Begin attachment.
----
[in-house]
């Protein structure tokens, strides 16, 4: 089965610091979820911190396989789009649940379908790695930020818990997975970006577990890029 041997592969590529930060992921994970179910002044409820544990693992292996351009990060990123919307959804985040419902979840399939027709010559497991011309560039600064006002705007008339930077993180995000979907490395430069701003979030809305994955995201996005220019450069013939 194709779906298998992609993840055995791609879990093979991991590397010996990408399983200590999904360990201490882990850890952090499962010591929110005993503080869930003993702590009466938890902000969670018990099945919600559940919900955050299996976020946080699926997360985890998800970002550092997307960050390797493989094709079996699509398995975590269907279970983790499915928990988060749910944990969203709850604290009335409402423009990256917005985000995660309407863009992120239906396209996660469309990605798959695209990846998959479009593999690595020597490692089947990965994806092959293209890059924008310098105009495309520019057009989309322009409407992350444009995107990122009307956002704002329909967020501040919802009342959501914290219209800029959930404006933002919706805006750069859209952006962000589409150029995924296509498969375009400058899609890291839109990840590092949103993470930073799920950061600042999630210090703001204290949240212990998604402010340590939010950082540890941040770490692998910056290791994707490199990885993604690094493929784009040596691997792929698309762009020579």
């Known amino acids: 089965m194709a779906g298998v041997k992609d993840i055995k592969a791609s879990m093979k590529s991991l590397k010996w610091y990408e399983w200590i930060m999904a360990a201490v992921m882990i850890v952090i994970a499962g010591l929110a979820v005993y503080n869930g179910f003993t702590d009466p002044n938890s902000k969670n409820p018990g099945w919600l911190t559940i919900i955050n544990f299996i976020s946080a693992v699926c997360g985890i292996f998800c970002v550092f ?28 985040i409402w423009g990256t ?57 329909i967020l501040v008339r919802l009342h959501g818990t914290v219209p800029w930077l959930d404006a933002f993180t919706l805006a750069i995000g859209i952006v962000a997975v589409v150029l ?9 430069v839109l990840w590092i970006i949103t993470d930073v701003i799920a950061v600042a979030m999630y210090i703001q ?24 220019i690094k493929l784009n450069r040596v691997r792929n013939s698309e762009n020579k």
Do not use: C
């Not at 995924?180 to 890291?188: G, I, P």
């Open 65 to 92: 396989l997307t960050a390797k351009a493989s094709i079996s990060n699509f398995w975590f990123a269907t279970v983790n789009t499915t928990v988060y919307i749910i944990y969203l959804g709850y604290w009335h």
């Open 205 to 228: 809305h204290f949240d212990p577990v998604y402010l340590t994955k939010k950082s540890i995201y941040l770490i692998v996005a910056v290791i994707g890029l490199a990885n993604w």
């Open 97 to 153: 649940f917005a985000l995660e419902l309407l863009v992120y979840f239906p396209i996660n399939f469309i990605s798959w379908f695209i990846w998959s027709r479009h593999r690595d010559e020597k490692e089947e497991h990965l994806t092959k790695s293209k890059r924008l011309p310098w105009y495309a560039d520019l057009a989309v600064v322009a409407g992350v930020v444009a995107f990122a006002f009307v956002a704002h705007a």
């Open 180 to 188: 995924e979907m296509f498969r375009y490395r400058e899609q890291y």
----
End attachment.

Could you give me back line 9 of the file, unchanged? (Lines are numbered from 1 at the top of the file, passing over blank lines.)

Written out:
């Open 180 to 188: 995924e979907m296509f498969r375009y490395r400058e899609q890291y």